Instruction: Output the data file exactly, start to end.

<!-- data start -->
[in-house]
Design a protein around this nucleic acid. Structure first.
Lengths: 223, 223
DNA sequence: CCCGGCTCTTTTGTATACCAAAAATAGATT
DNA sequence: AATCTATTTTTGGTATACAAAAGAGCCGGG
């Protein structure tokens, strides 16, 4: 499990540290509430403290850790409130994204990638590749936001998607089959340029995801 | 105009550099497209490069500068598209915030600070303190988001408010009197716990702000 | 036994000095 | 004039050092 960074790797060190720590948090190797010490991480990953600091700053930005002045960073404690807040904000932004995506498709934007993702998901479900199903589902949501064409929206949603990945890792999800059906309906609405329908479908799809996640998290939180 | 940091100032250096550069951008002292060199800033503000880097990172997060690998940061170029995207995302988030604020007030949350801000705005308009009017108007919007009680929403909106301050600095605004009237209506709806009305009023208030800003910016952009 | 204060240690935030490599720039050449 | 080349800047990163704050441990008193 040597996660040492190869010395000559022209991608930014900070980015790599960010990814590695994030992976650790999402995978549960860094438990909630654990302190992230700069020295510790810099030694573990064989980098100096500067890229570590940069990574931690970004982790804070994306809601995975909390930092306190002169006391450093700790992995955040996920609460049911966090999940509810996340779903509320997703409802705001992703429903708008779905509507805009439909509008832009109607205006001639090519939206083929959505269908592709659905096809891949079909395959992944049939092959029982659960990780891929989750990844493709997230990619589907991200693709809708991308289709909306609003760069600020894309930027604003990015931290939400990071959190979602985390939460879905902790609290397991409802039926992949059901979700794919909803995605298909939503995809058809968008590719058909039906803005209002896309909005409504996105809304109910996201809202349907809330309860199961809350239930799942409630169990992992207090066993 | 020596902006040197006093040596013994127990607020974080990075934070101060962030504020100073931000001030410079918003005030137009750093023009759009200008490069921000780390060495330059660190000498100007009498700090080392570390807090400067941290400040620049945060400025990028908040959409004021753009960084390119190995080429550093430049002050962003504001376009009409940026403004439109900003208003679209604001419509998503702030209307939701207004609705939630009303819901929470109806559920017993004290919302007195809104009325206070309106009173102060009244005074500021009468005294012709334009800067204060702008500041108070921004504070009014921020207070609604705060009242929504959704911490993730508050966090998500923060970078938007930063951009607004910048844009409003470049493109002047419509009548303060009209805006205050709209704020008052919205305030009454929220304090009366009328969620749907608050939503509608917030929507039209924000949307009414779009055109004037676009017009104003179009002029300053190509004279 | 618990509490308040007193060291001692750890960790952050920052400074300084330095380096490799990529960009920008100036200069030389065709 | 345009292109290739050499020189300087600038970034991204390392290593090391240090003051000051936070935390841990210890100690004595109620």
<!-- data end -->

[in-house]
Design a protein around this nucleic acid. Structure first.
Lengths: 223, 223
DNA sequence: CCCGGCTCTTTTGTATACCAAAAATAGATT
DNA sequence: AATCTATTTTTGGTATACAAAAGAGCCGGG
């Protein structure tokens, strides 16, 4: 499990540290509430403290850790409130994204990638590749936001998607089959340029995801 | 105009550099497209490069500068598209915030600070303190988001408010009197716990702000 | 036994000095 | 004039050092 960074790797060190720590948090190797010490991480990953600091700053930005002045960073404690807040904000932004995506498709934007993702998901479900199903589902949501064409929206949603990945890792999800059906309906609405329908479908799809996640998290939180 | 940091100032250096550069951008002292060199800033503000880097990172997060690998940061170029995207995302988030604020007030949350801000705005308009009017108007919007009680929403909106301050600095605004009237209506709806009305009023208030800003910016952009 | 204060240690935030490599720039050449 | 080349800047990163704050441990008193 040597996660040492190869010395000559022209991608930014900070980015790599960010990814590695994030992976650790999402995978549960860094438990909630654990302190992230700069020295510790810099030694573990064989980098100096500067890229570590940069990574931690970004982790804070994306809601995975909390930092306190002169006391450093700790992995955040996920609460049911966090999940509810996340779903509320997703409802705001992703429903708008779905509507805009439909509008832009109607205006001639090519939206083929959505269908592709659905096809891949079909395959992944049939092959029982659960990780891929989750990844493709997230990619589907991200693709809708991308289709909306609003760069600020894309930027604003990015931290939400990071959190979602985390939460879905902790609290397991409802039926992949059901979700794919909803995605298909939503995809058809968008590719058909039906803005209002896309909005409504996105809304109910996201809202349907809330309860199961809350239930799942409630169990992992207090066993 | 020596902006040197006093040596013994127990607020974080990075934070101060962030504020100073931000001030410079918003005030137009750093023009759009200008490069921000780390060495330059660190000498100007009498700090080392570390807090400067941290400040620049945060400025990028908040959409004021753009960084390119190995080429550093430049002050962003504001376009009409940026403004439109900003208003679209604001419509998503702030209307939701207004609705939630009303819901929470109806559920017993004290919302007195809104009325206070309106009173102060009244005074500021009468005294012709334009800067204060702008500041108070921004504070009014921020207070609604705060009242929504959704911490993730508050966090998500923060970078938007930063951009607004910048844009409003470049493109002047419509009548303060009209805006205050709209704020008052919205305030009454929220304090009366009328969620749907608050939503509608917030929507039209924000949307009414779009055109004037676009017009104003179009002029300053190509004279 | 618990509490308040007193060291001692750890960790952050920052400074300084330095380096490799990529960009920008100036200069030389065709 | 345009292109290739050499020189300087600038970034991204390392290593090391240090003051000051936070935390841990210890100690004595109620």